Ecological restoration

Ecological restoration is an intentional action that initiates or accelerates the recovery of an ecosystem’s function, integrity and sustainability. Ecological restoration thus re-establishes the mechanisms for abiotic support of the biological components of the environment[1]. The success of an ecological restoration project is based on six essential steps:

  1. The definition of the problem: establish a diagnosis of the environment to be restored and understand the structural characteristics of the ecosystem to be restored as well as the context of the project;
  2. Identification of goals and objectives: select the desired ecological functions. They must be specific, measurable and achievable;
  3. Identify monitoring parameters: select indicators and targets to measure the success of the project, but also to learn for a future project;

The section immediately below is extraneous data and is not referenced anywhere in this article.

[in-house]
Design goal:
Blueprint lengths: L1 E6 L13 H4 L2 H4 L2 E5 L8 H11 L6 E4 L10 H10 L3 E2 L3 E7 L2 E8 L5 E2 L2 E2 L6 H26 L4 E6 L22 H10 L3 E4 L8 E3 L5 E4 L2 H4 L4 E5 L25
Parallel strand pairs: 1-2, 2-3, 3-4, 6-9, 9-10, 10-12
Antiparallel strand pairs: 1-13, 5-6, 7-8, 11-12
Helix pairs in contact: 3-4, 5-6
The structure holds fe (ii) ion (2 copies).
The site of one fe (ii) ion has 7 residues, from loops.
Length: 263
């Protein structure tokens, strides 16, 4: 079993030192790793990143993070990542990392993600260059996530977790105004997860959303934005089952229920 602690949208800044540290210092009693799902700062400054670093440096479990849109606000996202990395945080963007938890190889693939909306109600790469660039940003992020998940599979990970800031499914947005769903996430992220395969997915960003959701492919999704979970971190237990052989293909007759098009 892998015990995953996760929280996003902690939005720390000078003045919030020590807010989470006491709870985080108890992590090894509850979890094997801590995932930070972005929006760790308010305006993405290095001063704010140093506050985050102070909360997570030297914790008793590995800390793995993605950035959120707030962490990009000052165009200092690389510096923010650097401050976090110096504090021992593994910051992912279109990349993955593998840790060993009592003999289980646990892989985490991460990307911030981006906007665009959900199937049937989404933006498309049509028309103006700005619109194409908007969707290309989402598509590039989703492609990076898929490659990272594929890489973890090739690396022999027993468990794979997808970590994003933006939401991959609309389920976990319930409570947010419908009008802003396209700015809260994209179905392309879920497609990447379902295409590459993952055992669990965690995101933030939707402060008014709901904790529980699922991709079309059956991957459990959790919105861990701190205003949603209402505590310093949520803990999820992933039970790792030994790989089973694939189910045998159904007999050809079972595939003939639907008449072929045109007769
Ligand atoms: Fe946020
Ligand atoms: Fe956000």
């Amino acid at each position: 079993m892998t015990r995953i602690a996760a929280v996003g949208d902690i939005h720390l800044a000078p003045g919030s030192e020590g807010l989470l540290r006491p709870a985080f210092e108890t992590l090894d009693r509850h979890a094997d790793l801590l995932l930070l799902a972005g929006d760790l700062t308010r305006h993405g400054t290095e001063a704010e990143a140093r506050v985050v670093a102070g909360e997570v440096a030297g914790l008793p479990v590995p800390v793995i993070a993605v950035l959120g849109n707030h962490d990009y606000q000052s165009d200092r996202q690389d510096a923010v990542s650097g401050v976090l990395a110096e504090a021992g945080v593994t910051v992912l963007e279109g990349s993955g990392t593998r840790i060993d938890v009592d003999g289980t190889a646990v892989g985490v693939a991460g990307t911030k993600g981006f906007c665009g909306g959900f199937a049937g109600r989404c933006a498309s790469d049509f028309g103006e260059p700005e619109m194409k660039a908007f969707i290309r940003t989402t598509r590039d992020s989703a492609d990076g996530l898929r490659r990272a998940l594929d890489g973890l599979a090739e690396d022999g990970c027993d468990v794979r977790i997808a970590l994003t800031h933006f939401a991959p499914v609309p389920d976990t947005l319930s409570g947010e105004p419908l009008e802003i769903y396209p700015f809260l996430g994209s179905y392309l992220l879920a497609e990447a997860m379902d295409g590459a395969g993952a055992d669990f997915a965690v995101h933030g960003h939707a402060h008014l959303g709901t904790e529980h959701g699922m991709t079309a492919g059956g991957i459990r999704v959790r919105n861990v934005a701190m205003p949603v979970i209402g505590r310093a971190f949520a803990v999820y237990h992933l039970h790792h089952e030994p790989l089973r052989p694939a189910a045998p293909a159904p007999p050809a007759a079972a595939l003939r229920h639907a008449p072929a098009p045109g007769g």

4. Developing plans and specifications: designing the project to achieve the established goals and objectives in an efficient and creative manner;
  5. Project execution: plan and execute the project in the right season, with the right people and equipment, and according to the plans, specifications and schedule;
  6. Follow-up of the work: agreeing to a follow-up over an extended period (a period of five years is desirable) allows us to gauge the success of the work carried out. Monitoring is also part of a continuous improvement process.

Ecological restoration poses many challenges, but can be very rewarding when results are achieved. Paradoxically, the fact that a functional ecological restoration project blends into its host environment and is invisible to the untrained eye is one of the best demonstrations of its success and its harmonious integration into the environment.

[1] Society for Ecological Restoration International, Science & Policy Working Group (2004). L’abcdaire sur l’écologie de la restauration de la SER internationale, version 2, 15 p.